When a valid intrusion event is detected, the microprocessor 131 sounds an audible alarm by triggering an alarm IC 133. The alarm IC 133, for example, is of the type used in smoke detectors. The alarm IC drives a piezo horn 134 to produce a loud audible sound. The microprocessor 131 communicates to the monitor unit 21 (located, for example, in a house by the pool) via an RF transmitter 135. In addition to the state of the audible alarm, other information about the state of the poolside unit 20 can be communicated to the monitor unit 21 using the RF transmitter 135 and antenna 136. This information can include the state of a battery 139 that powers the poolside unit 20, the results of self-test operations performed by the microprocessor 131, and a periodic “heart-beat” transmission to test the communications link.
A water sensor 137 (e.g., a bare wire probe) informs the microprocessor 131 when the poolside unit 20 enters the water or leaves the water. This allows the microprocessor 131 to place the poolside unit 20 in a low power “sleep” mode to preserve battery life when the unit is not in the pool and therefore not in use. The raw signal level from the programmable gain amplifier 128 is also made available to the microprocessor 131 via the microprocessor's interrupt mechanism 138. This signal is used by the microprocessor to reduce power consumption when the raw signal level is below a threshold value.
The poolside unit 20 is powered by the battery 139. Operating voltage for the various integrated circuits is generated by switched mode power supply 140. A block diagram of alternative implementation of the poolside unit 20 is shown in
A sound pressure wave in the pool of sufficient magnitude will trigger the unit to enter state filter state 155 where the processor tests the outputs of the two bandpass filters for the characteristic signature and performs time envelope testing. Detection of a valid intrusion event will cause the alarm to be sounded in an alarm state 156. A false alarm will be counted in a false alarm state 157.
The processor counts the number of false alarms that occur between RF updates. If a maximum false alarm threshold is exceeded, a calibration state 158 will be entered. In the calibration state 158, the processor adjusts the sensitivity of the poolside unit 20 by controlling the gain setting of the programmable gain amplifier. The poolside unit 20 will also enter the calibration state 158 if a calibrate button is pressed. A self-test state 154 is entered every 30 minutes via a timer interrupt. In this state the processor executes instructions which use the programmable gain amplifier and the analog-to-digital converter to test the sensitivity of the system to ambient sound levels in the pool and insure that the bandpass filters are working properly. The results of the self-test are reported to the monitor unit 21 over the RF link.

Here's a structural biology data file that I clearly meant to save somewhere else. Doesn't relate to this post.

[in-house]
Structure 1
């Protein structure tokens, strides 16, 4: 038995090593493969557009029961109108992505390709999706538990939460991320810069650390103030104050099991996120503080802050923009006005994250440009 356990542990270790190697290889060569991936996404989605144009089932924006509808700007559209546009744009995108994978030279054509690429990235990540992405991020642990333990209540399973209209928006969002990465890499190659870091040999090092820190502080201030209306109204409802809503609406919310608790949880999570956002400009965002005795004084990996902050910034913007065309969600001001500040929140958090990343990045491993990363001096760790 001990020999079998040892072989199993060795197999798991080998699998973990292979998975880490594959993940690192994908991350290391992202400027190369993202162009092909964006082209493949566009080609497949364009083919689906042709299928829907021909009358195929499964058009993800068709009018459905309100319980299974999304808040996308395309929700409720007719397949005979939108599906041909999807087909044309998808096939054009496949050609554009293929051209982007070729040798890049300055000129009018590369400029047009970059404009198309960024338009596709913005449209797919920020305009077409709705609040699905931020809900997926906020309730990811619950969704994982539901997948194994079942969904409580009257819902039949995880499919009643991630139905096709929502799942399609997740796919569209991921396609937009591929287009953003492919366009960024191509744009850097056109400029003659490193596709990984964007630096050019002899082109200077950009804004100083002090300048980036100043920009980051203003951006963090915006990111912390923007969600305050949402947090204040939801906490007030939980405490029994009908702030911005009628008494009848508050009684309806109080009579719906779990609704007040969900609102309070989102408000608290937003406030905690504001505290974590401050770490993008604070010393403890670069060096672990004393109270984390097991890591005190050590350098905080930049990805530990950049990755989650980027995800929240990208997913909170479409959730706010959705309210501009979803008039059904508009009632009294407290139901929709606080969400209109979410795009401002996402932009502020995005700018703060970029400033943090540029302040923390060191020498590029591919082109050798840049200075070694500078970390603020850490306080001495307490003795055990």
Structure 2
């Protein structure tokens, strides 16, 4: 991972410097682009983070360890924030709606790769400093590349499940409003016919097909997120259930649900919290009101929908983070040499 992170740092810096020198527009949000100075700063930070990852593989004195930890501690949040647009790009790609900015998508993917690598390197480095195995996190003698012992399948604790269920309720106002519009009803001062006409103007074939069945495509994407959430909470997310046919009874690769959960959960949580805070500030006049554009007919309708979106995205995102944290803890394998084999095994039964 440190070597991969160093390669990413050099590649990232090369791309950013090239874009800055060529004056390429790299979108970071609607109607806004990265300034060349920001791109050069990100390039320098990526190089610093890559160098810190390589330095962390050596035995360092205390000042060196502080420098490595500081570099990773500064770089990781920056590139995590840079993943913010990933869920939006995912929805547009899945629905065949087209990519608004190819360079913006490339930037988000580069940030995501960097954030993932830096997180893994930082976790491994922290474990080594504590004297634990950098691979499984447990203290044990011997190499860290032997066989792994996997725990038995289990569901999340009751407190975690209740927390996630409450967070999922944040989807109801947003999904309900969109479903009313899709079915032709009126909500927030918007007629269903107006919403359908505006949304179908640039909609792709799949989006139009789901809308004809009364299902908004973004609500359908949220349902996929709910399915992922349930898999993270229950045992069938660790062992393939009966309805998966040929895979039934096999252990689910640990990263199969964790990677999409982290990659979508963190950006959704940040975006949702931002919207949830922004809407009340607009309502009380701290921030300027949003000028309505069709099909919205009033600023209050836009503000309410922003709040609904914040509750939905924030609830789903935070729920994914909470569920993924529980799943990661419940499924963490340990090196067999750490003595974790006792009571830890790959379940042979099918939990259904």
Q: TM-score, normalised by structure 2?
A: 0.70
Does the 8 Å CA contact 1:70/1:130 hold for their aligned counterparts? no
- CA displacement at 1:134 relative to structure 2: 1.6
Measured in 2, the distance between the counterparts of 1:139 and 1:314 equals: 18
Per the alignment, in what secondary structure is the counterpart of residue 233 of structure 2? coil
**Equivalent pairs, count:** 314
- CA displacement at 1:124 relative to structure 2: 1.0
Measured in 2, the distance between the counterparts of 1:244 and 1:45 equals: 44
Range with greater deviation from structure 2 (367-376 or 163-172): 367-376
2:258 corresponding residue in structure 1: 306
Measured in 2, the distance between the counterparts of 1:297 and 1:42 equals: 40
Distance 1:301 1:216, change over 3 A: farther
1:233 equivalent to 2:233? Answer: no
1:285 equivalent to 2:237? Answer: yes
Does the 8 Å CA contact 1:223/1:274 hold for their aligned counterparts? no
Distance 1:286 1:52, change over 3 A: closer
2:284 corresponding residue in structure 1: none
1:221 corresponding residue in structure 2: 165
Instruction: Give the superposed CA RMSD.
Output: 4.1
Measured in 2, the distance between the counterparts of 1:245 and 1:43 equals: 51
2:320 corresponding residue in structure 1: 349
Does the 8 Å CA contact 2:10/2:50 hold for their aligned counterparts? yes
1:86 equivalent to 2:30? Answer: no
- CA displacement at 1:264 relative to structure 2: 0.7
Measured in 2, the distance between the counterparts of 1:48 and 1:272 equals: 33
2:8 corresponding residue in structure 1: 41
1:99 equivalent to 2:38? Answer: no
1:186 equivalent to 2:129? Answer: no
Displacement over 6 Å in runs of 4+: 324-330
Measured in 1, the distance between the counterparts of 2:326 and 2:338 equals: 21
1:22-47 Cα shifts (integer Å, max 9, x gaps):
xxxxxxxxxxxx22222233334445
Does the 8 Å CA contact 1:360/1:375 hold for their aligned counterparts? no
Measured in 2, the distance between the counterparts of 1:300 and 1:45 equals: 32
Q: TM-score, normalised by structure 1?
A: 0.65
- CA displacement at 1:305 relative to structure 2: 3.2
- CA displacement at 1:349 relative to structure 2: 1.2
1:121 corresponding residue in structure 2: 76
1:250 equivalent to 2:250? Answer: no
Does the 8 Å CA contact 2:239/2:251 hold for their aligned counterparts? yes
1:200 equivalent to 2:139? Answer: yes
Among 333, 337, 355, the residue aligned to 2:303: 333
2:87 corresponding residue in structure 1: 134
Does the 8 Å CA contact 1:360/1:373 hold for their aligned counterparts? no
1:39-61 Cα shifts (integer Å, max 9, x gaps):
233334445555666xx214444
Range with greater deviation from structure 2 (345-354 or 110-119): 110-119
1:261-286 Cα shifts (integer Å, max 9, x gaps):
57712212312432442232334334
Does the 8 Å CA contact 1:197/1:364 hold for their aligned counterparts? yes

If the poolside unit 20 is removed from the water, the water sensor will cause the poolside unit 20 to enter the stop state 152. This is a power down condition. When the unit 20 is placed back in the pool, the processor is notified via a reset interrupt and resumes processing from the initialization state 150. If a reset button is pressed, the poolside unit 20 enters the initialization state 150.
The microprocessor 160 controls status LEDs 161 and a monitor alarm circuit 162 via its digital outputs. The status LEDs 161 reflect the alarm state, the condition of both the poolside and monitor batteries, the result of the most recent poolside self-test, and the status of the communications link between the poolside unit 20 and the monitor unit 21. With the exception of monitor battery status, the monitor unit 21 receives the data which drives the status LEDs from the poolside unit via the RF signal received by the RF receiver 163. Monitor battery status is derived from a voltage comparator within the monitor unit 21.
Other embodiments are within the scope of the following claims.
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|U.S. Classification||340/566, 340/573.6, 367/157, 367/136|
|International Classification||G08B21/08, G08B29/18, G08B13/00|
|Cooperative Classification||G08B29/185, G08B21/082|
|European Classification||G08B29/18S, G08B21/08E|
|Jan 18, 2006||AS||Assignment|
Owner name: AQUASONUS, LLC, MASSACHUSETTS
Free format text: ASSIGNMENT OF ASSIGNORS INTEREST;ASSIGNOR:HOENIG, ROBERT;REEL/FRAME:017201/0293
Effective date: 20031030
|Sep 28, 2009||FPAY||Fee payment|
Year of fee payment: 4
|Sep 17, 2013||FPAY||Fee payment|
Year of fee payment: 8